By Anna Pulley
By Erin Sherbert
By Chris Roberts
By Erin Sherbert
By Rachel Swan
By Joe Eskenazi
By Erin Sherbert
By Erin Sherbert
Hijikata encouraged the Tamanos to introduce butoh to the United States, though many Americans were initially puzzled by this bizarre and intense dance form, and the people who brought it.
Ledoh, a Tamano student who has trained with other butoh masters, drove cross-country with the couple in 1992 and experienced this confusion. "Everyone thought we were a family in this VW Westfalia bus," Ledoh says. "Hiroko had a bowl cut, and Koichi had this long, blond ponytail. And I guess I was their son with no hair and no eyebrows.
"In Wyoming, the state trooper stopped us and said he needed to see our IDs. It seemed like he couldn't help it -- he was mainly curious to see which planet we were from."
I do not speak with Hiroko Tamano; I have encounters with her. She invites me to the rear corner table at her restaurant, a sacred spot where she devises work schedules, or where her staff sits for a dinner before the evening rush. I sit there and wait as she dashes from one corner of the restaurant to the other, greeting people with menus, rushing to the kitchen to give cooking instructions in Japanese. Pots bubble noisily on the stove, the Carpenters or B.B. King blasts on the stereo, and there is a cheery din of chatter. As the evening wears on, the front windows darken, and the restaurant dims. Hiroko, though, remains a brightness.
She serves plates of edamame as if she were landing a plane, complete with sound effects, before moving swiftly to the next table.
"Your hair is like a weed," Hiroko tells a customer after taking her order.
The customer laughs, but Hiroko wants to elaborate. She twists her arms around each other to represent the gnarled stems of the weed, explains the spikiness of the dandelion tops with her fingertips. She lifts her legs high, as if she were walking through a field and the burrs were sticking to her bare skin.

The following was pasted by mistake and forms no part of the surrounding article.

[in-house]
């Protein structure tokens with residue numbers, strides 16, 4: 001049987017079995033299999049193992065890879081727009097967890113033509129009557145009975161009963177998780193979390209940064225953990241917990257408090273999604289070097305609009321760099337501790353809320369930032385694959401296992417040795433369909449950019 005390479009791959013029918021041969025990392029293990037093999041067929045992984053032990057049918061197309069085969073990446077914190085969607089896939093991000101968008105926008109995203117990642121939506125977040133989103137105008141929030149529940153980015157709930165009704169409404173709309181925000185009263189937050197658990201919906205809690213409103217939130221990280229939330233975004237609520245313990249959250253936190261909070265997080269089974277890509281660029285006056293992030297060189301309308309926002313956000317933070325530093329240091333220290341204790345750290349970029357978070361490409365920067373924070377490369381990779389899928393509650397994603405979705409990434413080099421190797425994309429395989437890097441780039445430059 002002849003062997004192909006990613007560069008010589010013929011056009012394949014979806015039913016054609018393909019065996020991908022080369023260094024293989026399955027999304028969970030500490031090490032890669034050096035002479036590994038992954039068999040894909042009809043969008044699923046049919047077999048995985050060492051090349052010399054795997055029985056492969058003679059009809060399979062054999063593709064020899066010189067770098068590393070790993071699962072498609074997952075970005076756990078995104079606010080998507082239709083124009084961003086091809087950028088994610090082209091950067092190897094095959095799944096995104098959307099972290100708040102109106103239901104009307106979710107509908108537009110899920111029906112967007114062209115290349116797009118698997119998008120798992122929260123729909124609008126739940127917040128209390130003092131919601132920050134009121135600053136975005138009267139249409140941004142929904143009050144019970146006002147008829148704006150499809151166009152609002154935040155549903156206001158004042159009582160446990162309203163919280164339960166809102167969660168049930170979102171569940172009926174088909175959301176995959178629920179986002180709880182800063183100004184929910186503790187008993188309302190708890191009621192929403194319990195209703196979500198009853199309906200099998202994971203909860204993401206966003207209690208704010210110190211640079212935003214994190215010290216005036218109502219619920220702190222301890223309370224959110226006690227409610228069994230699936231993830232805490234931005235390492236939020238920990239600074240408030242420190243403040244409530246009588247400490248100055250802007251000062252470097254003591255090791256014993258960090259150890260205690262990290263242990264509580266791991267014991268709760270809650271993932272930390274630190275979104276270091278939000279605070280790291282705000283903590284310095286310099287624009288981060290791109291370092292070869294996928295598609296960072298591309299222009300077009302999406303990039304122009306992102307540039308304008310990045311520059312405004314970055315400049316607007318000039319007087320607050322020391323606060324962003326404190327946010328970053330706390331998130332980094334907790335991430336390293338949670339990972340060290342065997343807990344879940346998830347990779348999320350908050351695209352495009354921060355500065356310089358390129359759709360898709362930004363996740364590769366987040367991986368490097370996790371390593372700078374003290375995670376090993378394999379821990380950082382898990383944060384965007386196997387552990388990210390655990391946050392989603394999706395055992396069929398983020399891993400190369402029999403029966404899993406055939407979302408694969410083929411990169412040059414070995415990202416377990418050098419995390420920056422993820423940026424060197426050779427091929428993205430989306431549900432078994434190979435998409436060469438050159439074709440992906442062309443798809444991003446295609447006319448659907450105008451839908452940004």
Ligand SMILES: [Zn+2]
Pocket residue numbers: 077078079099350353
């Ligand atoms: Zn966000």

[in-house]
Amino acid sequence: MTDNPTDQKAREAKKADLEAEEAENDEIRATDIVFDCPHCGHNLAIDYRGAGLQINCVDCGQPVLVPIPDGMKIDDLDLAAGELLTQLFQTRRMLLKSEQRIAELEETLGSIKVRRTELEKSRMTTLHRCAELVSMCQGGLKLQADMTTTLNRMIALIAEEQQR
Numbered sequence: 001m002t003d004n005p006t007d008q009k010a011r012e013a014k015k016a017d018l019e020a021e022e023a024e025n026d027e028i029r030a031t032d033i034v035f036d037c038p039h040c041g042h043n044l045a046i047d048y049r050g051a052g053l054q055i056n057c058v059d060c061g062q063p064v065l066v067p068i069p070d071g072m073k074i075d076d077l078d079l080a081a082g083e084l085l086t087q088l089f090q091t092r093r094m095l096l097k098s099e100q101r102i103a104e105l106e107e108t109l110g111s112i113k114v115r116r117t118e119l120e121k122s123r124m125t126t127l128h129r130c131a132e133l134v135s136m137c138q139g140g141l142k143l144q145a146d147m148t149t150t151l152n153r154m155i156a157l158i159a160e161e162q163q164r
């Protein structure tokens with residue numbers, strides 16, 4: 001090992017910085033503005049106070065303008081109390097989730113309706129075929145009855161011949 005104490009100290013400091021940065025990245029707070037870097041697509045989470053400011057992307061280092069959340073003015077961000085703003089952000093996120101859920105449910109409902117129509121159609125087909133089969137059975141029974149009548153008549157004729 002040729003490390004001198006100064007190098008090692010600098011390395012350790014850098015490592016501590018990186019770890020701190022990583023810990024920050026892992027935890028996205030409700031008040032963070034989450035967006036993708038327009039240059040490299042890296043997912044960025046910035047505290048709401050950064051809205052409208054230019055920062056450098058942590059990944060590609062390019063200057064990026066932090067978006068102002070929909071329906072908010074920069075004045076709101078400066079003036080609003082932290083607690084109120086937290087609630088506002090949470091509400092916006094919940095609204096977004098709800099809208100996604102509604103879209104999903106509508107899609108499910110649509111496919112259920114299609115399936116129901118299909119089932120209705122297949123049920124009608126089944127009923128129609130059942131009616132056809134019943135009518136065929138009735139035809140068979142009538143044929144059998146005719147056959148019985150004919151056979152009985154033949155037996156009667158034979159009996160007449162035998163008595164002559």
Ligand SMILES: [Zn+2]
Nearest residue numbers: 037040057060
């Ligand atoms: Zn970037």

"They are so powerful," Hiroko concludes.
And it is like a picture coming into focus: This, as in every other moment, is butoh.
Then there are times when Hiroko feels she should address me, the statue in the corner, and she approaches with two glasses of sake. Her speech is a rush of Japanese, followed by simple English phrases. She can seem cryptic, her words like lessons from a bright-eyed, toothless sage in fluorescent pink overalls.
Sometimes she speaks to me in Japanese and doesn't offer a translation. In these moments, she makes me wonder what she thinks of me; makes me wonder, actually, what I think of myself.
I ask her a question and receive a riddle for an answer. Are you afraid that Hijikata's butoh will disappear? "I am not fearing anything," she responds. "The Earth could disappear at any time."
And so I wait, watching her from my perch. Until she notices me again, suddenly, and digs through the books on a shelf near the front of the restaurant. My first few visits, she brought me books on butoh and Hijikata filled with dark, eerie pictures. The images were grotesque: crooked limbs, clawlike fingers, naked bodies, expressions of horror and insanity.
This time, though, she hands me a book about Bhutan. She continues working around the restaurant as I thumb through it, gazing at colorful images of people as they live, farm, and eat.
I have the page opened to a banal picture of men holding small blue flags when Hiroko rushes up.
"Kirei, ne!" she says. "So beautiful. Like birds. Look, how beautiful."
I stare at the picture again, searching for its majesty. It is no more beautiful than before, though somehow it is no longer ordinary.
Her dance students tell me that the books are an introduction to things that inspire her; she also has books on places like China and Ireland. They say that she is teaching me to find grace where I would least expect it.
"She picks up objects, something she sees on the street, to make me see its beauty," says John Doyle, another student. "I might have thought it was ugly. We would walk around her neighborhood, looking at little things on the street. And she would say, 'Oh, isn't that interesting?' And it would be a torn milk carton lying in the gutter. And in that moment I would think, 'Wow, it does look interesting.' She appreciates the suchness of things."
The restaurant's pace is quickening, and I get up to leave. Hiroko asks me what my favorite picture is as she fills pitchers with water. I show her a photo of a small schoolboy drawing clouds with chalk on slate.
"Ah," she nods approvingly. "Those clouds are like freedom. You know, all the men become monks in Bhutan. Isn't that wonderful? They learn to draw clouds before they learn the alphabet."
"Tama -- go now and take the field," Tatsumi Hijikata wrote in 1972 to Koichi Tamano. And with Hijikata's blessings, Koichi Tamano's Harupin-Ha Dance Theater Company arose. A few years later, the company landed in uncharted territories -- the San Francisco Bay Area.